Hang Your Hat: December 7, 2017

Where does your money come from? Where does it go? Everyone has a variety of money sources covering all of the miscellaneous bills everyone incurs. Some have more income than others and some spend more than others.

Whatever the situation, what comes in should cover what goes out.

Like you and I, Sun City has to answer the same questions on behalf of 5481 homes and its estimated population of 9,000. The proposed 2018 budget presented at last week’s Budget Forums by the Finance Committee and Management did that.

The anticipated cost to pay all of Sun City’s bills for the coming year is $8,341,351.

The Association has been paying its bills since Pulte, the developer, said, “You’re on your own.” The income has always covered the needs. The Association has never had to levy a special assessment.

When the community was launched in 1999, resident assessments were $99.00. The developer paid the difference of operating expenses until transition in 2007.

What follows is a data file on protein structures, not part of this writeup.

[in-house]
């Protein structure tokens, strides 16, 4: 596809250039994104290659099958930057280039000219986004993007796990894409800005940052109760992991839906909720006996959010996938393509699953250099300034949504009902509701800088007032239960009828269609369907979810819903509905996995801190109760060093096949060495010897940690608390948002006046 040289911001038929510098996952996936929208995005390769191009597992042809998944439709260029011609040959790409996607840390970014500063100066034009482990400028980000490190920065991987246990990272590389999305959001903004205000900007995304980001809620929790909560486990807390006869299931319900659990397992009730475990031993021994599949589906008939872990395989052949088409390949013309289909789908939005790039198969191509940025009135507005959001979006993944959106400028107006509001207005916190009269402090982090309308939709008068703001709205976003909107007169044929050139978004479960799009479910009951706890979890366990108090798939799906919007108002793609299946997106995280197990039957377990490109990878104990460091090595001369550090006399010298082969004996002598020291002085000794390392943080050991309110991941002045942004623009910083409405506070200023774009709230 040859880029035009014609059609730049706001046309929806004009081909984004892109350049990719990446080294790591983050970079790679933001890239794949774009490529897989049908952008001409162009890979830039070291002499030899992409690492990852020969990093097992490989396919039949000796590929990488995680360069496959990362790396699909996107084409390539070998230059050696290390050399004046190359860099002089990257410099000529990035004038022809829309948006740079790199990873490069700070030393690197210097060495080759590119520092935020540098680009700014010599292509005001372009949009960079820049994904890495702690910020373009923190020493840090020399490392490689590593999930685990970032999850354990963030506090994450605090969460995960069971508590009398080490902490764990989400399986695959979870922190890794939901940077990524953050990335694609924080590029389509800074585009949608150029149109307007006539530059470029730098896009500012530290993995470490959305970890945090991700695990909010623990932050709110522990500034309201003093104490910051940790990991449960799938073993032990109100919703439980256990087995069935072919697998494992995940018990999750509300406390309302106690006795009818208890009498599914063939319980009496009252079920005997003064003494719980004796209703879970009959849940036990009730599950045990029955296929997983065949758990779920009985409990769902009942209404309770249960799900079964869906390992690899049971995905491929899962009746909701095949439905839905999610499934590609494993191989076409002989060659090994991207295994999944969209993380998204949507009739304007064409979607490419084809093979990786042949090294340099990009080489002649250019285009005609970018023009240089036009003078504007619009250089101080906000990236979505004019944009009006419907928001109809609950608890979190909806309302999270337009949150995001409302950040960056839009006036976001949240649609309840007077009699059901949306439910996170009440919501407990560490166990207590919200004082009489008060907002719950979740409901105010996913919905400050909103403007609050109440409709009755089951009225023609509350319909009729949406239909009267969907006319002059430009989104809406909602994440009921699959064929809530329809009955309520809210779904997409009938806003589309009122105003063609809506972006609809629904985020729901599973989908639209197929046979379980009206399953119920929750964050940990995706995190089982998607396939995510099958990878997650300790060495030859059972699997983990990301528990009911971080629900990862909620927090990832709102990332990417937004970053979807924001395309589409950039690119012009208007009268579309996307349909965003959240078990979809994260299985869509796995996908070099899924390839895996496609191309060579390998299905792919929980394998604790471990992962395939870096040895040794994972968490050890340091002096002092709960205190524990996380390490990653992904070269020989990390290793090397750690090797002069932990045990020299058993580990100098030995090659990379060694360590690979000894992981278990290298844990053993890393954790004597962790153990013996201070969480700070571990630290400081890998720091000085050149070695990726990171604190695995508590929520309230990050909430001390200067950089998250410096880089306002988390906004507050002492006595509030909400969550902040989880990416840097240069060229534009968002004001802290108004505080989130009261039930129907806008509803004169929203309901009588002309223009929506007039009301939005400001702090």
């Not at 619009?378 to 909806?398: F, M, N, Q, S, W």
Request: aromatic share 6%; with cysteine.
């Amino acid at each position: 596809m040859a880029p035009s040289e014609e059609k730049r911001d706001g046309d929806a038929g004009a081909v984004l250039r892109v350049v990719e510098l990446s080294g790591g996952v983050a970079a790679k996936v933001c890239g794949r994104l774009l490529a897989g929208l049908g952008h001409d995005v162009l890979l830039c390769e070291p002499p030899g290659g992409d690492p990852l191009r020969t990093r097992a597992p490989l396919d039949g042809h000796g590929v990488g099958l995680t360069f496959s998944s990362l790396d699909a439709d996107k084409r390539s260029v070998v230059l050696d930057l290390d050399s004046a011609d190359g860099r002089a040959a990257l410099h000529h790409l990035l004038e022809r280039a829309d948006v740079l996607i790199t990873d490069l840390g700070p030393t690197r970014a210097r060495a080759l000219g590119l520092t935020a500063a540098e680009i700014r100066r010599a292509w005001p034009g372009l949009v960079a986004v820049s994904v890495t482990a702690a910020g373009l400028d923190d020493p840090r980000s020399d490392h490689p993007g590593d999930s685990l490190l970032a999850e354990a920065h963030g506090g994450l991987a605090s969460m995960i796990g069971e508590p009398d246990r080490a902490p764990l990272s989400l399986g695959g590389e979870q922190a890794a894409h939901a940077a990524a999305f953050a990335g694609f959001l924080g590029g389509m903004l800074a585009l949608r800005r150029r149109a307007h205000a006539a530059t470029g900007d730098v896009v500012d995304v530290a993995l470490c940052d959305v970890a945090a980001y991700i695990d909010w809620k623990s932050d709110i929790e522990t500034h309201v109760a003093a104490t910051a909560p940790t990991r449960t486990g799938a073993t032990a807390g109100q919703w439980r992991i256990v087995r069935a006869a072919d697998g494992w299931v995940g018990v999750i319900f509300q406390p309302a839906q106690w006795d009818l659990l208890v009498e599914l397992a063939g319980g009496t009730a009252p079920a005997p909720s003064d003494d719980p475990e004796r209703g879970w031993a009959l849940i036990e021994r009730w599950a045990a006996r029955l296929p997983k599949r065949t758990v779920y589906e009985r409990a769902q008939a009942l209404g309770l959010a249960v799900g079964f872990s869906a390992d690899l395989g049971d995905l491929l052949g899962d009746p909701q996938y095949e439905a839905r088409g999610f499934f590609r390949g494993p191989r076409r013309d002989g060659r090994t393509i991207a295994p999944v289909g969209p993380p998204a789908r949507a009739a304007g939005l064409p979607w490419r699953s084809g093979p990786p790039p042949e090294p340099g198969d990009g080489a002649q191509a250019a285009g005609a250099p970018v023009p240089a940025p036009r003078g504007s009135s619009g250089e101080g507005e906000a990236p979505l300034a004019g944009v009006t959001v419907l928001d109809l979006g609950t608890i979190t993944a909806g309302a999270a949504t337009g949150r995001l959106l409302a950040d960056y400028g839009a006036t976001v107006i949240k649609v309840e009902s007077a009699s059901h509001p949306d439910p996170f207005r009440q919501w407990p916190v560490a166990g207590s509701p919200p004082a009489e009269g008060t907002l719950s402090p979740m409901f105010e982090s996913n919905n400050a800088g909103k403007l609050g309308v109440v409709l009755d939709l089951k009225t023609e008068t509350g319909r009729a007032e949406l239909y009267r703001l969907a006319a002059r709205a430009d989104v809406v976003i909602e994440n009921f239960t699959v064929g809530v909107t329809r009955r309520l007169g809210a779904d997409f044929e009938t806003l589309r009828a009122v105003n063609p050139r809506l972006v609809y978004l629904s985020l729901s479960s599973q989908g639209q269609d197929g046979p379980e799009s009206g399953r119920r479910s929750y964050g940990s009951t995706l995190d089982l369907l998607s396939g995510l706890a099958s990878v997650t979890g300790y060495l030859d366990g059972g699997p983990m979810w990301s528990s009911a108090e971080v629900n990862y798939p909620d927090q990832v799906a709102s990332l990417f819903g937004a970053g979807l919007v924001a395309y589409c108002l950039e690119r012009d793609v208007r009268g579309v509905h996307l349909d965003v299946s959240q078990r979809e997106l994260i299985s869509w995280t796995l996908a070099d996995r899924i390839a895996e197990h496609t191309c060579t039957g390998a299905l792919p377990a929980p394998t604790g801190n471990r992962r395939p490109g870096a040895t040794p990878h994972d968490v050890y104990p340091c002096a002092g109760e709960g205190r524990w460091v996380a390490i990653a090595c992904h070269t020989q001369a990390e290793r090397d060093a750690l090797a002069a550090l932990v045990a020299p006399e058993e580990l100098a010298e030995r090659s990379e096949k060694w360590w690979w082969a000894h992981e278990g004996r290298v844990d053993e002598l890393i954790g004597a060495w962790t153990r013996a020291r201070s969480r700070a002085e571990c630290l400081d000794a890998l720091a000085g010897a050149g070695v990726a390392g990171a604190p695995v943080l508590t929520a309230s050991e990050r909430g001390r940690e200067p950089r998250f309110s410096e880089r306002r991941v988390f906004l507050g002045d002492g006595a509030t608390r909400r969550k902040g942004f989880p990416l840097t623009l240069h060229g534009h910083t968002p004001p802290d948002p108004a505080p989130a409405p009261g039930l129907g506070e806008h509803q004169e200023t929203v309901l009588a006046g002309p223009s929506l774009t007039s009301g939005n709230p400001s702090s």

The current assessment of $134.00 is astonishing considering the extent of community facilities, staff, common grounds, recreational amenities and programs.

Attached homes pay an additional assessment to cover services they receive unlike detached homeowners who pay their own services.

The announcement that the monthly assessment will be reduced to $125.00 beginning in 2018 is not only astonishing, it is incredible. The phenomenon is a tribute to sound fiscal and management policies.

The 5481 households paying $125.00 per month should generate $6,642,972 annually. So how much and where does the difference come from to pay community bills?

Check out the budget. There is rental income from Centegra, Jameson Restaurant; Drendel ballroom catering; Whisper Creek Pro shop; investments; Lifestyle advertising; Web Site advertising ;fees generated after expenses from trips, events and on and on.

Sun City Huntley is in a unique position to be able to benefit from these income sources, which are not available to communities where home owners assessments are the only source of income. Hearing about assessments of $300 and $400 from most common interest or condominium properties is common.

The Successful Sun City business plan should be a model of ingenuity and sound fiscal practices to be studied in business schools.

Maybe the Association can charge a fee for the details of its fiscal operation.

Jim Darow

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